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"surprise profits" invites the attention of our traders to know why many investors are reluctant to trade commodities due to a variety of myths or misconceptions by the general public and even the investment community.
Myths of Investing in Commodities
Courtesy By Chuck Kowalski
Many investors are reluctant to trade commodities due to a variety of myths or misconceptions by the general public and even the investment community. These myths probably date back many decades and were likely created by frustrated, losing commodity traders or by those who view commodities as too difficult of an investment to understand.
You may hear things like commodities are too volatile or you will have a truckload of soybeans dumped on your front lawn if you trade commodities.
Or, a quick response by many unsuccessful traders is that nobody can make money from trading commodities. Well, obviously people do make money trading commodities.
Myth 1: Too Much Leverage
Or, a quick response by many unsuccessful traders is that nobody can make money from trading commodities. Well, obviously people do make money trading commodities. Myth 1: Too Much Leverage
By far, leverage is the biggest problem when investing in commodities. Normally, you only have to put up about 3 to 15 percent of the total value of a futures contract in futures margin. That is far less than the 50 percent that is required for stocks. And, of course, many new commodity traders don't know how to handle their new found gift of incredible leverage. In reality, commodities are no more volatile than stocks as an asset class if you remove the leverage factor.
The problem with many commodity investors is that they will invest a $25,000 account as if were $250,000. For example, they might buy 10 futures contracts that have margin of $2,500 each and control $250,000 worth of commodities. Therefore, if the commodities move up a little in value, they made $25,000, doubling their investment.
However, if the commodities move down a little in value, their investment is wiped out.
To be successful, you should trade far less contracts than what the margin requirements allow. In the above example, you should only be trading 1 or 2 futures contracts at a time.
Remove the extreme leverage factor that gets so many new commodity traders in trouble
Myth 2: Taking Delivery of Commodities
This is something you really don't need to worry about. Only the commercial players are involved in taking and making delivery of commodities. As long as you close your futures contract before the first notice day, which usually occurs a few weeks before the contract expires, you should have absolutely no worries about this. If for some reason you forget about the first notice day, your broker will certainly catch it and contact you.
Myth 3: You Don't Have Enough Money to Trade Commodities
Many commodity brokers will allow you to open an account with $5,000, while some even start at $2,500. This money should be risk capital as commodities can be a risky investment. The problem with accounts of this size is that investors take on too much risk for their account size. They tend to roll the dice and bet it all on one trade. Don't fall into that trap. If you shoot for a respectable return of 25 percent a year, you will do much better in the long run as opposed to trying to hit a home run.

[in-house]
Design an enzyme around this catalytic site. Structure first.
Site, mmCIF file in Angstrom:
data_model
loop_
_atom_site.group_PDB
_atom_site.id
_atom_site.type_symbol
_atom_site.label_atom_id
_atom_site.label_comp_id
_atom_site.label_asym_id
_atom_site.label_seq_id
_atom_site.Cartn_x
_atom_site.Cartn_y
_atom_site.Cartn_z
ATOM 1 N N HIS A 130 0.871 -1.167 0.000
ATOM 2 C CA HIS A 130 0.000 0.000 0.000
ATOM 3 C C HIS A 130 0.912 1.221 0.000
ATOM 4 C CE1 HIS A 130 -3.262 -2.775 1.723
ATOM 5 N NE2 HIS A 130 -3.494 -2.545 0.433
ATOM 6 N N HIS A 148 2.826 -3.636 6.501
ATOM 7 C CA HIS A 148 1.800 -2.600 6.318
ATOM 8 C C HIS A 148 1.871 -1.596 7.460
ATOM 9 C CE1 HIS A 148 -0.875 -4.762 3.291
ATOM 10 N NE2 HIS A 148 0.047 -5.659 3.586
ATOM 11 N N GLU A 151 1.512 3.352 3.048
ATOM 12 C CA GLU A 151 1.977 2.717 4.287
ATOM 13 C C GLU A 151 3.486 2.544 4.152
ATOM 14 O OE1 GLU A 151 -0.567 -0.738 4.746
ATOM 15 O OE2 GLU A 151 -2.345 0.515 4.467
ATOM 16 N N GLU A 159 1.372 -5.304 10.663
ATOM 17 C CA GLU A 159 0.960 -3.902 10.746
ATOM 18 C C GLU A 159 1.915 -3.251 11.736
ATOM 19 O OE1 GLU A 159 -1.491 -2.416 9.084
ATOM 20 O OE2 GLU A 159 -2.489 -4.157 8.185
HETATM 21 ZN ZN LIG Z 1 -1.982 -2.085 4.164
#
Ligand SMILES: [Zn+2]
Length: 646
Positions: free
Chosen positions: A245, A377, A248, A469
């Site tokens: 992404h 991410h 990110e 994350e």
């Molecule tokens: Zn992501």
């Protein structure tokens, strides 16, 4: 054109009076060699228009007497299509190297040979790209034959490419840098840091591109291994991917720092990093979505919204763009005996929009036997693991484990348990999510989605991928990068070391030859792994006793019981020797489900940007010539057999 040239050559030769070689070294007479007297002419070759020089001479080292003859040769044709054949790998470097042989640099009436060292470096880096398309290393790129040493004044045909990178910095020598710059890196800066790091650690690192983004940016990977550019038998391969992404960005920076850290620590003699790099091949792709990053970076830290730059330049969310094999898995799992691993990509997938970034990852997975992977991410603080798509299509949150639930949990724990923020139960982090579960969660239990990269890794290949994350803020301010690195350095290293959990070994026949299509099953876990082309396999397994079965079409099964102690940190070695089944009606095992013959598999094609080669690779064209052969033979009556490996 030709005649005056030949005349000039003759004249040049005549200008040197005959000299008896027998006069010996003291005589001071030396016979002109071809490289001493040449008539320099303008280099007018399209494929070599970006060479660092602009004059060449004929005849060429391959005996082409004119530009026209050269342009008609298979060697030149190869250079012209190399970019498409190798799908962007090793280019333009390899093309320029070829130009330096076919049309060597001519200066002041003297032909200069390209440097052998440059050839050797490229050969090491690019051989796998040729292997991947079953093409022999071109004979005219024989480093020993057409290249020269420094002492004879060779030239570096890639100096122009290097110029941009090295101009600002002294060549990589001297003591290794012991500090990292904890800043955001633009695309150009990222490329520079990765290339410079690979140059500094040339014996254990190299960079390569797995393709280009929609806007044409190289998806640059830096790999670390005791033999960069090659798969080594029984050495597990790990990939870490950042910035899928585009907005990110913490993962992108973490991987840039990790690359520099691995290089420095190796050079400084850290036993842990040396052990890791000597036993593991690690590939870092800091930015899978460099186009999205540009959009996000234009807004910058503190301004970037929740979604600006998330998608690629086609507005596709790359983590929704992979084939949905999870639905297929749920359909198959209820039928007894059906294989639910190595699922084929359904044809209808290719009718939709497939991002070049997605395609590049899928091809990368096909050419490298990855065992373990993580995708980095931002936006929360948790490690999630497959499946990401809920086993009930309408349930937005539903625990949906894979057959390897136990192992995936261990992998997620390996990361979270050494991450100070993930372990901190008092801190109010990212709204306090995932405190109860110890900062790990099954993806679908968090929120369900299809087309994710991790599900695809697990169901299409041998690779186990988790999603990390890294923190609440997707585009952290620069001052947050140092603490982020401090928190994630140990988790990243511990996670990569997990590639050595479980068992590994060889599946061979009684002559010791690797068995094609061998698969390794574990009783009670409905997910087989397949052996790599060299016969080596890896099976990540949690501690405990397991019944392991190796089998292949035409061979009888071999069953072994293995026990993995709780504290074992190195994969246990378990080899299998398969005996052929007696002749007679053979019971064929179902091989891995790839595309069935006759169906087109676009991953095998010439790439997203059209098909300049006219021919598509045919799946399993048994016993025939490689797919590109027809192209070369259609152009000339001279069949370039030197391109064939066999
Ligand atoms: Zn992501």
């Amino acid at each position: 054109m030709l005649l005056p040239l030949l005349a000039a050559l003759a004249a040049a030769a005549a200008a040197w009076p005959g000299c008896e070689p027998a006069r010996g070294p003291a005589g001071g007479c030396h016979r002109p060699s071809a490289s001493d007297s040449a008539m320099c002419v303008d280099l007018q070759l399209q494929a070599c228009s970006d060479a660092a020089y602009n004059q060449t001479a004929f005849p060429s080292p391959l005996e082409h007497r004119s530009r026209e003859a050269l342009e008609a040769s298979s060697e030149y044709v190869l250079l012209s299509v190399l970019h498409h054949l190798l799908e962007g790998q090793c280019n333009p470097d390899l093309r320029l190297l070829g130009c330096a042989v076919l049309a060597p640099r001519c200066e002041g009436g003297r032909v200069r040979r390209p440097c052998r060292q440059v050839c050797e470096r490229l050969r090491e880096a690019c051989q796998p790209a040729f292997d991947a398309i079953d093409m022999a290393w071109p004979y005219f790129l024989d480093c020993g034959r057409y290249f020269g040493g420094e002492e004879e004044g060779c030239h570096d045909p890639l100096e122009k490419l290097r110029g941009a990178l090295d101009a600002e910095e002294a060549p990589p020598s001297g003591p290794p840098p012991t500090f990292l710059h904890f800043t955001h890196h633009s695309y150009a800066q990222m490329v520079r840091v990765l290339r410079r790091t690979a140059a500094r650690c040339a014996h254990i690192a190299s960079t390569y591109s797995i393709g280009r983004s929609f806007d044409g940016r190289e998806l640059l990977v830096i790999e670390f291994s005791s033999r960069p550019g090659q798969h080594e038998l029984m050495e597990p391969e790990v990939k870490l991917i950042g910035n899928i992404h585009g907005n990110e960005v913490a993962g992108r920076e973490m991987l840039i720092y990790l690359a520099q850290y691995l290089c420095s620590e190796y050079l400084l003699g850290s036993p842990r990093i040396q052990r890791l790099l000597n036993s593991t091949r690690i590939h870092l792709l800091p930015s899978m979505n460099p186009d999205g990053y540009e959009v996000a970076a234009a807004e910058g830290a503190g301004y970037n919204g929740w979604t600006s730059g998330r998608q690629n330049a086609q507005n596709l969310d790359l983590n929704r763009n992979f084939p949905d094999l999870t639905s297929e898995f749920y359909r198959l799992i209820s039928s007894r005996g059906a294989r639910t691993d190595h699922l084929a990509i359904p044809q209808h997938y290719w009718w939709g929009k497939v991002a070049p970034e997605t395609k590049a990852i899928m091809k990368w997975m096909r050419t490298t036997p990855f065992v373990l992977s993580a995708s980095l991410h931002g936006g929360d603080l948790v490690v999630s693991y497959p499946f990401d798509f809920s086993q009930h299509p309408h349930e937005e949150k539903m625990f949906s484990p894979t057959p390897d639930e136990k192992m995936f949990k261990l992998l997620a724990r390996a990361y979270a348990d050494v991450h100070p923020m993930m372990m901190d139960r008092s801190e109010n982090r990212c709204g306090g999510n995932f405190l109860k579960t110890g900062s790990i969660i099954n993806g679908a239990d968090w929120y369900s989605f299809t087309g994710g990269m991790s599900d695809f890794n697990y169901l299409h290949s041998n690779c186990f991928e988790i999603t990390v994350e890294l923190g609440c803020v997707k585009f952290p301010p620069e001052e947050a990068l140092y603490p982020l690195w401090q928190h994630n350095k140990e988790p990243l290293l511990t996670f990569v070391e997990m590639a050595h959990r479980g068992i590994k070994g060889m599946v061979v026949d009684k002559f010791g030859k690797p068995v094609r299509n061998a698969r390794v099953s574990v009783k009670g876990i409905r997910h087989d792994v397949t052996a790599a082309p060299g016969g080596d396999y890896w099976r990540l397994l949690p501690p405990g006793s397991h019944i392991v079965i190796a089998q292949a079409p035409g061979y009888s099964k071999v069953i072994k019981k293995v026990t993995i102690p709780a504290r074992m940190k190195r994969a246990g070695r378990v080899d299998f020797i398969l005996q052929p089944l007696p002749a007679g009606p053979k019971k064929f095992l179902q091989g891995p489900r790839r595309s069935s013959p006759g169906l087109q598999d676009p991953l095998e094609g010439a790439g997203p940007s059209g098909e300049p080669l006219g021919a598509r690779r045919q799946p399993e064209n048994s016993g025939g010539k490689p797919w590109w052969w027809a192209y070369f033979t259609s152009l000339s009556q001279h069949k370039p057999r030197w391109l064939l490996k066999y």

Myth 4: Nobody Makes Money from Trading Commodities
The fact is that many people do lose when trading commodities. However, the losers are usually ill prepared investors who jump into the commodity markets and lose within six months, never to return again.
Others get addicted to the markets, while trying again and again to make a killing with the same strategies and just keep losing.
The good news is that commodity investing is a zero-sum game, which means for every dollar lost, someone gains a dollar. Actually, you have to factor in transaction costs, so each person loses a little more than a dollar and the other party gains a little less than a dollar.
So, who makes all the money? It is normally the professional commodity traders and money managers that consistently make money year after year. Also, amateur commodity traders who make money tend to trade for a long time – maybe 30 years. In that time, this trader has probably taken money from hundreds of commodity investors along the way.
Successful amateur traders and professional traders usually trade larger amounts of money.
A professional trader managing $1 million may make profits of $200,000 for the year. In reality, he took money from the equivalent of 40 losing traders who threw $5,000 into the markets. Successful traders have usually paid their dues to learn how to trade commodities properly and they follow a strict trading discipline, which most losing traders never adopt.
You can make money from trading commodities whether you are a novice or very experienced investor. I will not tell you it is easy, but if you do your research and use a good trading strategy with sound money management skills you stand a much better chance of success. So, don't run from investing in commodities because you heard one of these myths that don't give you a true picture of investing in commodities.